Geoinformation, monitoring and assessment Environment

Updated December 1998

Remote Sensing Centre Series

Light aerial remote sensing applied to local rural development

by T. Negre, G. Grepin
56 pp, 30 figures, 6 tables
RSC Series No. 73, FAO, Rome 1997


Executive summary

Light Aerial Remote Sensing (LARS) systems are useful instruments for technicians and planners involved in local rural development. Still less well-known and widespread than photogrammetric or satellite-based techniques, LARS systems are however developing fast and do respond to specific requirements for local rural development operations.

The more common LARS systems are reviewed in this publication. They consist in photographic or video cameras operated from light planes and helicopters, hot air balloons, microlight airplanes, unmanned airplanes, kites and captive balloons or telescopic masts. The great variety of vectors offers various capabilities and possible applications.

Major applications were identified through a user requirement survey carried out with the FAO/Investment Centre and the International Fund for Agricultural Development (IFAD). They are listed hereafter and described in the first section of the publication.

Other important applications related to agriculture and food security are:

The publication also provides guidelines for the selection of the proper technical solution for meeting user requirements. Selection of the more adequate remote sensing system requires a detailed technical analysis. When compared to high resolution satellite techniques, LARS systems are to be preferred when finer resolution is required (under 2 m) or when the area of interest is reduced (roughly under 1,000 km2).

Among the various light aerial systems, light planes and microlights are the most adapted for operations covering several hundred to several thousand square kilometres (most applications), while the other systems are geared towards smaller-scale operations.

Captive systems such as kite and balloons are adapted to 1 to 50 km2 surveys, at village level or for small-scale agricultural or fishery schemes identification or planning. Mobile mast systems are low height devices mounted on vehicle. They are adapted to transect observation for rangeland, crops, young forest plantations and control for roads, dams, power lines, etc.

Other systems such as helicopters, hot air balloons and unmanned planes are still costly and may be recommended only for very specialised applications, requiring capabilities such as vertical take-off and still-motion flight (helicopters), very low height and silent flight (balloons) or absence of pilot for security reasons (unmanned airplanes).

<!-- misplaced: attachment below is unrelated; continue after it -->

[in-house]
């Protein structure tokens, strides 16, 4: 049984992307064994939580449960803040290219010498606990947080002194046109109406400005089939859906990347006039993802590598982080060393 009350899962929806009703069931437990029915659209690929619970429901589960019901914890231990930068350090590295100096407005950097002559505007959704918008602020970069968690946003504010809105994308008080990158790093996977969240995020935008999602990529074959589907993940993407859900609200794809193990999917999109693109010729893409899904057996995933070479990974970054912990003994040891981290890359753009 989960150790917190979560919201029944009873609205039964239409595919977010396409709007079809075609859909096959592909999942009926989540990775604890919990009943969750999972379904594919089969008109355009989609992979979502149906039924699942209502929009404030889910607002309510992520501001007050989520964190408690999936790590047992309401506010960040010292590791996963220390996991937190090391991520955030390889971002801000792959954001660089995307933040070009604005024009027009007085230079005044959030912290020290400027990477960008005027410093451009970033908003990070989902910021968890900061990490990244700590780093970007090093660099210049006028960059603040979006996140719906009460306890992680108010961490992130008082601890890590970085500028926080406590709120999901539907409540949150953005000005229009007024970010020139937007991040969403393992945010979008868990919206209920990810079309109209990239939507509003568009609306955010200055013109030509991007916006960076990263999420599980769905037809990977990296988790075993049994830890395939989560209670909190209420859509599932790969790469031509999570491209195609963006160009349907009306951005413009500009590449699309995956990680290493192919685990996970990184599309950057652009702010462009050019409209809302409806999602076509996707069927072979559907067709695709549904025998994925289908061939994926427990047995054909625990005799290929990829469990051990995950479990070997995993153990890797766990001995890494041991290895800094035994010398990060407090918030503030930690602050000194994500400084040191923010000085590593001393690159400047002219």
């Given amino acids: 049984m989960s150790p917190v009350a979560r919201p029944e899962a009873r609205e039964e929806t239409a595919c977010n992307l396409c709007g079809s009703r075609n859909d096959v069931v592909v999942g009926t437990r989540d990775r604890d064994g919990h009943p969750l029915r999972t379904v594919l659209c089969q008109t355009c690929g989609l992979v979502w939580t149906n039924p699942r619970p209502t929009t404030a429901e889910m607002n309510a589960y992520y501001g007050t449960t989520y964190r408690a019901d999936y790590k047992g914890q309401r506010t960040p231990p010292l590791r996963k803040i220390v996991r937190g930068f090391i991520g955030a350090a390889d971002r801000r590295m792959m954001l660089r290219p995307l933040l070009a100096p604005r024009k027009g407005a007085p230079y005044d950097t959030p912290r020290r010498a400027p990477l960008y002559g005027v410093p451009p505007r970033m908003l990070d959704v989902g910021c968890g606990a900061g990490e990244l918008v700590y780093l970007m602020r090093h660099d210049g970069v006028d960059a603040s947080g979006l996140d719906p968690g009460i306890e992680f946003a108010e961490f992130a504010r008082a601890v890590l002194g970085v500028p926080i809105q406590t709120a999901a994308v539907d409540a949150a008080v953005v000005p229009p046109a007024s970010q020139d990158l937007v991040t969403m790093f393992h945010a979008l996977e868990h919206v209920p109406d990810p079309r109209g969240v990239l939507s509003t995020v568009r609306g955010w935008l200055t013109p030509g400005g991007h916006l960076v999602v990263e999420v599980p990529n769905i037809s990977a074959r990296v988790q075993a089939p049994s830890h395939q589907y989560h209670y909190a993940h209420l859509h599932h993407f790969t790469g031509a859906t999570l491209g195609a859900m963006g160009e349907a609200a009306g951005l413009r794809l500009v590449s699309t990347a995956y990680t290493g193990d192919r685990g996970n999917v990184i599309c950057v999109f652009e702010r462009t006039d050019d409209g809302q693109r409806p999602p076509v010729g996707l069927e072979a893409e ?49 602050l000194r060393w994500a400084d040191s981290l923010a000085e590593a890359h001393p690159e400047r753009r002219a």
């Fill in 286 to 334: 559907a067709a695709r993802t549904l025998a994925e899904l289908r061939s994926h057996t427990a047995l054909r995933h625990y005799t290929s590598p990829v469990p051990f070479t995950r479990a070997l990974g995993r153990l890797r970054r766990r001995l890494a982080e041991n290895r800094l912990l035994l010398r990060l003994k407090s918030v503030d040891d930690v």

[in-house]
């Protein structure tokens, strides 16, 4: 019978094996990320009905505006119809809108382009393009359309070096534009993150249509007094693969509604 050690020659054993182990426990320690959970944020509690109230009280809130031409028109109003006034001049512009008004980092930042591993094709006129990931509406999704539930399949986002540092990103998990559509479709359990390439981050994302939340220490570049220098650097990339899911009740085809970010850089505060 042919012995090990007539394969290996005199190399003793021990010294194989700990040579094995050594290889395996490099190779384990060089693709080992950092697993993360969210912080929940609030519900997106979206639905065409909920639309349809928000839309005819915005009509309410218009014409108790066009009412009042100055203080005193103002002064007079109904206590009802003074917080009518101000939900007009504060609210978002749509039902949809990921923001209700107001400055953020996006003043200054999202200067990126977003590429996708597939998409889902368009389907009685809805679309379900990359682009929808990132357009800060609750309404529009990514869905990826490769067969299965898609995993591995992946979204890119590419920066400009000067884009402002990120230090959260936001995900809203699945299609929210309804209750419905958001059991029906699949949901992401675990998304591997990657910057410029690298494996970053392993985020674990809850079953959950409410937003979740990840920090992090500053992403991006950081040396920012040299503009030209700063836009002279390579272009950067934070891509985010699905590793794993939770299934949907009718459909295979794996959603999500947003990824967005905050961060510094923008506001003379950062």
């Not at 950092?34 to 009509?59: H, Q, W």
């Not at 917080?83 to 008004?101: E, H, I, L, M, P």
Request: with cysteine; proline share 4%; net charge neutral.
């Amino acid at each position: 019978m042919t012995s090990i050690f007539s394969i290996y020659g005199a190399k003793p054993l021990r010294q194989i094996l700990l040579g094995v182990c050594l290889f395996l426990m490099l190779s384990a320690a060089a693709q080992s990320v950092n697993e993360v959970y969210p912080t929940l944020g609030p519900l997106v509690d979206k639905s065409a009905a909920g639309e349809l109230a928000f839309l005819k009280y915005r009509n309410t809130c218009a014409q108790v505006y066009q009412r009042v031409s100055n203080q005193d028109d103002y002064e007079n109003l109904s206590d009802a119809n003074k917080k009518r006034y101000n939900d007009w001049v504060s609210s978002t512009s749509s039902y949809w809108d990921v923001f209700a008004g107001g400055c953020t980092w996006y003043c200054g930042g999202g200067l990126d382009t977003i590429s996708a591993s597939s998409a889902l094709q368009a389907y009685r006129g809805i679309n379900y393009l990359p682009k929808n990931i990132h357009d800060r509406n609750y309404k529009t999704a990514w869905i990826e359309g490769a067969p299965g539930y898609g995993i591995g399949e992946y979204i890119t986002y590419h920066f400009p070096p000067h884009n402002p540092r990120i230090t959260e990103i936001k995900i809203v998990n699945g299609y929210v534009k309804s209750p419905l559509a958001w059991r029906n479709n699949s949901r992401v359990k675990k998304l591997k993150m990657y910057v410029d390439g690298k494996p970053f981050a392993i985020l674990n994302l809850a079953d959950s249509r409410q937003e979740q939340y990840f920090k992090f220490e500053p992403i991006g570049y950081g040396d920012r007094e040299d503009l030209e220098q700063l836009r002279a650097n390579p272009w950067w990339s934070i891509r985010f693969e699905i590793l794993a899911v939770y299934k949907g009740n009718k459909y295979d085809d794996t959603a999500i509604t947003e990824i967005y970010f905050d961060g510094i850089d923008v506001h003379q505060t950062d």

Other important constraints and operational aspects to take into account are the local availability of vector and technician/pilot, flying and photographing authorisations, climatic conditions, operation timeframe.

Processing the photographs/videos recorded by the LARS system is another important and delicate step. There are two possible ways: analogue or digital. Analogue (film and paper-based) processing and analysis is recommended for projects where the computer component is small and no geographical database/Geographic Information System (GIS) is available. Analogue processing is relatively easy to learn for non-specialists and requires only basic processing equipment. Digital processing is to be preferred when the photographic/video information is to be included in a geographical database or GIS in order to be archived and digitally analysed.

Satellite positioning systems, such as the US Global Positioning System (GPS), are not properly LARS systems, but are covered in this document as they are complementary to LARS systems and increasingly used by agricultural development projects. Positioning systems give the exact geographical position of the observer at the moment of the measurement. They can be installed on-board boats and planes or hand-carried by ground teams. It is possible to directly couple positioning system and camera through a portable computer in order to automatically record the geographical location of the photograph. The navigation GPS offers a 100 m measurement accuracy in its basic configuration. Cost of more precise systems, such as Differential GPS or coupled GLONASS/GPS systems (up to 10 meters precision), should decrease in the coming months/years.

In order to provide more technical information to potential LARS users, the second part of the publication gives technical summaries of main LARS in which main technical and operational characteristics of these tools are reviewed with appropriate illustrations.

In the last part of the report, three case studies are proposed. They intend toshow practical results obtained with light aerial remote sensing for several applications in developing countries.


For a copy of the above publication, contact:
Chief, FAO/SDRN
Viale delle Terme di Caracalla
00100 Rome, Italy
(e-mail: changchui.he@fao.org)



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